Wednesday, August 4

It is already 60 years since the girl Ruby Bridges changed the history of the United States by entering a white school

A day like day but from 1960, the girl ruby ​​bridges entered Frantz Elementary School en New Orleans, as the first African American student in a segregated college.

6-year-old Bridges entered the elementary school escorted by four federal marshals while a mob of whites yelled insults at her.

The historic scene consists of photos that today are shared by dozens of users on the networks and media in recognition of their bravery and courage.

Her first day as a first grader came after four years when a group of black parents in the city of Louisiana filed a lawsuit against the Orleans Town School Board for maintaining the segregation of black and white despite the resolution in the Brown v. Board of Education that determined in 1954 that the state laws that established the division by race in public schools was unconstitutional.

The year Bridges entered the school, Judge J. Skelly Wright ordered desegregation into the district’s public schools.

However, the School Board got the judge to require black students to apply to transfer to any banking school.

Thus, that year, only five of the 137 black first-grade students who applied for the transfer were accepted and only four agreed to come to class; among which was Bridges.

In a 2010 interview with NPR, Bridges revealed that he had no idea what to expect.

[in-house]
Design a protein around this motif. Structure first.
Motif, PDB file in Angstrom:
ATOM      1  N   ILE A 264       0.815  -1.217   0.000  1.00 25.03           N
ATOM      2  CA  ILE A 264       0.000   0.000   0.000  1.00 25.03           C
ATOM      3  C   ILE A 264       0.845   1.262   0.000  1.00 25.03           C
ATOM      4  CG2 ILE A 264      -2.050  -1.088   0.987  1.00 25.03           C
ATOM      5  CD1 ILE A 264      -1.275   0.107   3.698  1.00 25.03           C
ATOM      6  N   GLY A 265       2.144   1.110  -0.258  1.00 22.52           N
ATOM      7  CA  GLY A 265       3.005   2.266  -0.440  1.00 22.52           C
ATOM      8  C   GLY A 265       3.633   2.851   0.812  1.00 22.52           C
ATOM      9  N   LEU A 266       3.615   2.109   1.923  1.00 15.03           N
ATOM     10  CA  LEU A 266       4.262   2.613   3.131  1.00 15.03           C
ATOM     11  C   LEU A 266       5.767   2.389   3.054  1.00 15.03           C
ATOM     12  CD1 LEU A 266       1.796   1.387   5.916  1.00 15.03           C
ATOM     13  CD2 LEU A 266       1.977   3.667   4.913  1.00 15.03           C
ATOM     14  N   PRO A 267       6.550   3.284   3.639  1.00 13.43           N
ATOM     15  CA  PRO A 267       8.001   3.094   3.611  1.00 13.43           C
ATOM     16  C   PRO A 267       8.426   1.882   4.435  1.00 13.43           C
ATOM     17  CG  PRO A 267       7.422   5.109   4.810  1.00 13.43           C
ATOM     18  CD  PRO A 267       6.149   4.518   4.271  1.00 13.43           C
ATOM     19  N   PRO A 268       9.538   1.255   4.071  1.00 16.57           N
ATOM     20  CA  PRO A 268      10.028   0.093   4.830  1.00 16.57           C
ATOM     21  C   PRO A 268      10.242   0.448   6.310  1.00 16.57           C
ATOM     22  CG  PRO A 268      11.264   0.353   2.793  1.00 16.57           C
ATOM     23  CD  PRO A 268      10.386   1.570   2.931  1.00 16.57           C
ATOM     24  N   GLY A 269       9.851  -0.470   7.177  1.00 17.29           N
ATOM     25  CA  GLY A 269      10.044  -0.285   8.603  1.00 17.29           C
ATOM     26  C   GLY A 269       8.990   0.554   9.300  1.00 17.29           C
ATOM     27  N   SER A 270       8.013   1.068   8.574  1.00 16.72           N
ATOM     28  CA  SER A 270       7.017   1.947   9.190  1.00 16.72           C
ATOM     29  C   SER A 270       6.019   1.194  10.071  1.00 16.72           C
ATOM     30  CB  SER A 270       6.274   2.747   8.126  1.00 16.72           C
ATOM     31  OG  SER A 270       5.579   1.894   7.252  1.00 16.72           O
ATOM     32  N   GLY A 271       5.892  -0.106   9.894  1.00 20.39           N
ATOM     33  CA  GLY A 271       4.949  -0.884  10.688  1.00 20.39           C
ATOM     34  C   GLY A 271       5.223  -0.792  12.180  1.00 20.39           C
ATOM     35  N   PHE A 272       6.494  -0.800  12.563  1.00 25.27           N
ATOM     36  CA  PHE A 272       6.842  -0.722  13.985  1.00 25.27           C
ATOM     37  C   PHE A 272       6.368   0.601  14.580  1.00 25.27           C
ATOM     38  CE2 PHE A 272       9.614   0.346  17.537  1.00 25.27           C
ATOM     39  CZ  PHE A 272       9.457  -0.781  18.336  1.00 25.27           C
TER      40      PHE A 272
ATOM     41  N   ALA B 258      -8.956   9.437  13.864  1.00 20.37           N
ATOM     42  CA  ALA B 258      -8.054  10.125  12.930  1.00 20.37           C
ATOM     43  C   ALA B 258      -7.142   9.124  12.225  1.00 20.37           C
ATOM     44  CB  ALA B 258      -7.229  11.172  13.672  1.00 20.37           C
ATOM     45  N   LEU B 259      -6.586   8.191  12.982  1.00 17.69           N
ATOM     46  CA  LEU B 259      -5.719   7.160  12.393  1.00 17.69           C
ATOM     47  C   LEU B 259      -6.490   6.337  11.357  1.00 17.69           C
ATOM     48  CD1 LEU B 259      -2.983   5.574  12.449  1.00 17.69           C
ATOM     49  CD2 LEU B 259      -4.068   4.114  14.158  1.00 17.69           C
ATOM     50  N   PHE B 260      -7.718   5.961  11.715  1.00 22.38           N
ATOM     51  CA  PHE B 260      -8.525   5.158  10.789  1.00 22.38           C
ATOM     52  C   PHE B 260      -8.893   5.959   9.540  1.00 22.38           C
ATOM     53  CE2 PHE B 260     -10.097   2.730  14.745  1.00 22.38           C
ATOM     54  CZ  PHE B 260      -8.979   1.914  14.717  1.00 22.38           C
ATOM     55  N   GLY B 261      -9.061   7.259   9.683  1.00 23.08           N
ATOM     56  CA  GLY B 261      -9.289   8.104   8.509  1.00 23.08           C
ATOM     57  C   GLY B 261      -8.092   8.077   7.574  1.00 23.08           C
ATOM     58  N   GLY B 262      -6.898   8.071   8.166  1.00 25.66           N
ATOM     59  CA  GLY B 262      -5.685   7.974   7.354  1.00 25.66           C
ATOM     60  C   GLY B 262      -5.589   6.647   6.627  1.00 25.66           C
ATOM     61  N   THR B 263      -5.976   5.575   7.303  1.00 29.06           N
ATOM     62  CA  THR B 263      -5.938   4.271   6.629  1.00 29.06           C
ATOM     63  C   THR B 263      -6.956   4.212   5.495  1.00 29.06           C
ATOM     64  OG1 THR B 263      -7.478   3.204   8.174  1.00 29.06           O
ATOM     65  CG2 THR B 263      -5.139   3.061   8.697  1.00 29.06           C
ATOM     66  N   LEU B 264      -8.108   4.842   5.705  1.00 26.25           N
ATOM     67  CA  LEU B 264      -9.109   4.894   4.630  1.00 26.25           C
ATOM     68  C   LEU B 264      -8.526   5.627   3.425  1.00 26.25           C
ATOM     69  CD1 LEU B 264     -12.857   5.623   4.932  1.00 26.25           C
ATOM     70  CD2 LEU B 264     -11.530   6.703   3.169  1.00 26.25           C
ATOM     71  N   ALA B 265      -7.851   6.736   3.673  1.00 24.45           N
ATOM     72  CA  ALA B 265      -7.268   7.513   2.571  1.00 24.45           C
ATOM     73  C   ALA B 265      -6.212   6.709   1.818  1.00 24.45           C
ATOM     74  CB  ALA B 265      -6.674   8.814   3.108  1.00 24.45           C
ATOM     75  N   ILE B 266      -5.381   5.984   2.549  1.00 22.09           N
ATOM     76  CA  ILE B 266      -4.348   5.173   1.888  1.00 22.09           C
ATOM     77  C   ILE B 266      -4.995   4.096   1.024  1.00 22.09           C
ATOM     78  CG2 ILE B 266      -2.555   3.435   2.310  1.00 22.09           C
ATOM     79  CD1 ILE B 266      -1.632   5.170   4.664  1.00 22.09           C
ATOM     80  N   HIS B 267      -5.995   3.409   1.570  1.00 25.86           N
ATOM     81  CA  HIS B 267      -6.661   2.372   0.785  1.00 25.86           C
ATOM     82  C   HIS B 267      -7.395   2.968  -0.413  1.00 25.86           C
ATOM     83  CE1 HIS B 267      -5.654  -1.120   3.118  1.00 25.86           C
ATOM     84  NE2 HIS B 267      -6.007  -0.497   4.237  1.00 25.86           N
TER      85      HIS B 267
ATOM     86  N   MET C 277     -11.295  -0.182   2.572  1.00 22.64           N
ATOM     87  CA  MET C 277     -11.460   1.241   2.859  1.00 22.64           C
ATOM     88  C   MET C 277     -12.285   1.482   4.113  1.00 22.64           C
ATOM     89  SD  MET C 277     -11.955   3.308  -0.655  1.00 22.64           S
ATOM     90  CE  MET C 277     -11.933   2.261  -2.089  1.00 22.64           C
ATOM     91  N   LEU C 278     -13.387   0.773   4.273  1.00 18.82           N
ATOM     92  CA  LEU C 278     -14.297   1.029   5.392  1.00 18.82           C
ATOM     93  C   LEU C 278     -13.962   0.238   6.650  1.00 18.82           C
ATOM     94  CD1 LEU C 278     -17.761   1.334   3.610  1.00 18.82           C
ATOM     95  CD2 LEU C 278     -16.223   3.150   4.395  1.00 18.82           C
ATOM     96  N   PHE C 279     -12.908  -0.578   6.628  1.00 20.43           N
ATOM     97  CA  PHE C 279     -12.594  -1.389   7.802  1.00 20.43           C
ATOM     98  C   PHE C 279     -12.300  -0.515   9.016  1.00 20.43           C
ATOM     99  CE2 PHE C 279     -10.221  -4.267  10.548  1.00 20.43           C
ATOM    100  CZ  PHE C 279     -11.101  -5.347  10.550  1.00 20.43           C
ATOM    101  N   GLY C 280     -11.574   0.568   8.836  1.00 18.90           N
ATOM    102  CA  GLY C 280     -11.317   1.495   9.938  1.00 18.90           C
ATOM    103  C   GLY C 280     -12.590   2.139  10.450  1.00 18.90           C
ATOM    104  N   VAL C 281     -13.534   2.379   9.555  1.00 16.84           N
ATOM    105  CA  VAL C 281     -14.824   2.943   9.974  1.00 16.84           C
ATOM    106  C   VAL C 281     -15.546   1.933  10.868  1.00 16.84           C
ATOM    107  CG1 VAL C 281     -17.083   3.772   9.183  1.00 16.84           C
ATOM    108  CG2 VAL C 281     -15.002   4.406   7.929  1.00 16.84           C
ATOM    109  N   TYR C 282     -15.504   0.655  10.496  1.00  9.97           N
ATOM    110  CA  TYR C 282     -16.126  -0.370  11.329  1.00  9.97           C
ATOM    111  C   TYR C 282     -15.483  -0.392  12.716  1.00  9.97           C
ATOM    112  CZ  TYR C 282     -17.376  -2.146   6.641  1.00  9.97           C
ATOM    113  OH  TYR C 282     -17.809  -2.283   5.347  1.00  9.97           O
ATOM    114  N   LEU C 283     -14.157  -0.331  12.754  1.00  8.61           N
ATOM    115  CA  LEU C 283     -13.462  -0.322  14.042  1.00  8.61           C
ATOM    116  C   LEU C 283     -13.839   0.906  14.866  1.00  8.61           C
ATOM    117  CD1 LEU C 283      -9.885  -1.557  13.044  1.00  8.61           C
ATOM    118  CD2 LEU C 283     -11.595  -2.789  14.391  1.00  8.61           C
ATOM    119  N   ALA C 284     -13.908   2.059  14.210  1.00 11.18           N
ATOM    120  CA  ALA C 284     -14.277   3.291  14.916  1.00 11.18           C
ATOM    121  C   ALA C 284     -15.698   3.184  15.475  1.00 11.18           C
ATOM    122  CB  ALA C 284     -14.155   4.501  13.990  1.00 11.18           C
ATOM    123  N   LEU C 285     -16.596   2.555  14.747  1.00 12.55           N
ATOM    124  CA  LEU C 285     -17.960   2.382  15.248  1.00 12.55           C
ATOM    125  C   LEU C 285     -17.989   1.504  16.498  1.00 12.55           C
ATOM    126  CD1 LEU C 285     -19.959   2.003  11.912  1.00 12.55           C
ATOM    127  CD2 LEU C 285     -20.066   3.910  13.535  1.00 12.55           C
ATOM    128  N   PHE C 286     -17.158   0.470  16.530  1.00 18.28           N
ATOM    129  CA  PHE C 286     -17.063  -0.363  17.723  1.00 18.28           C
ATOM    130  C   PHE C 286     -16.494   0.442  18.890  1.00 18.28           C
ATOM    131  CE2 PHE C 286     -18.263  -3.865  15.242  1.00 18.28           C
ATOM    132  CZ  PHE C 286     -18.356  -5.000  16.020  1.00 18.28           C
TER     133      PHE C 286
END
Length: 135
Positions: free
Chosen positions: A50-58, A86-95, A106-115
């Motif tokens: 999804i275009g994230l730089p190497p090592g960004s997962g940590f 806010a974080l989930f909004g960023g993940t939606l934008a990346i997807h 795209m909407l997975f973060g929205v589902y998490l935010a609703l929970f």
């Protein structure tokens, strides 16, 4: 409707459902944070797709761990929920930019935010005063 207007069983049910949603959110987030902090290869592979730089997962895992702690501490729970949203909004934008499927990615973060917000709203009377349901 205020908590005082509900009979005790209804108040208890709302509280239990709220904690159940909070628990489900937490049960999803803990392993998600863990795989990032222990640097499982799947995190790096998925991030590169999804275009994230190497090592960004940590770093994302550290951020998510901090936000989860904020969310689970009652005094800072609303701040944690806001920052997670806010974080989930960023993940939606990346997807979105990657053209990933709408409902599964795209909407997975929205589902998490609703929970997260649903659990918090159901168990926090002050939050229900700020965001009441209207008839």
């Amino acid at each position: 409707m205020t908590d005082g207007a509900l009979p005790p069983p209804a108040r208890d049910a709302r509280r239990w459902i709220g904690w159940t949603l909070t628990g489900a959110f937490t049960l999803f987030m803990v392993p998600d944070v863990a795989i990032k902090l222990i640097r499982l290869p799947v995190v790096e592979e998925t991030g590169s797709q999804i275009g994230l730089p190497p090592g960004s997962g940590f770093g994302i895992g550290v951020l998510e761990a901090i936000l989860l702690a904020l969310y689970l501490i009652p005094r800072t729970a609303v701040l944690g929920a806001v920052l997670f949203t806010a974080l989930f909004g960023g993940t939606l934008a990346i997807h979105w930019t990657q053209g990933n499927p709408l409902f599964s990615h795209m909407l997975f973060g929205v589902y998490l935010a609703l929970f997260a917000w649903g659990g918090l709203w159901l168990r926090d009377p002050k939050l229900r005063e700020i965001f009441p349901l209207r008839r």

“For me, being 6 years old, I was not aware of what was happening,” he declared. “I mean, the only thing my parents told me was that I was going to a new school and that I should behave.”

After the student entered the classroom, the rest of the students left the class, and for the rest of the year, the teacher only taught her.

The African American, 66 years old today, recalled that the harassment reached the point that some students brought a baby coffin with a black doll inside.

“I used to have nightmares about the box,” said the woman.

Threats against the family continued and even grocery stores refused to sell products to Lucille, Ruby’s mother.

Finally, the pressure to which they were exposed in the desire to change history left their father Abon without work and the separation of the couple.

However, the sacrifice also had good results.

And it is precisely to Lucille, who passed away at the age of 86 this week, that Ruby pays tribute to what happened on November 14, 1960, when new paths were opened for the African-American community in the United States.

For Ruby her mother is a “hero”, “champion of change” and “mother of the Civil rights movement” today.

“She helped alter the course of so many lives by putting me on the path as a little 6-year-old girl,” the African American shared on her Instagram account on Tuesday.

The post includes a photo of Ruby leaving the campus with her mother and the security team.

In 2011, the now-educator and activist was recognized by then-President Barack Obama in the Oval Office of the White House, where she was presented with a Norman Rockwell painting commemorating her journey to study.

“I think it is fair to say that if it weren’t for you, I would not be here today,” the then president said to the honoree.

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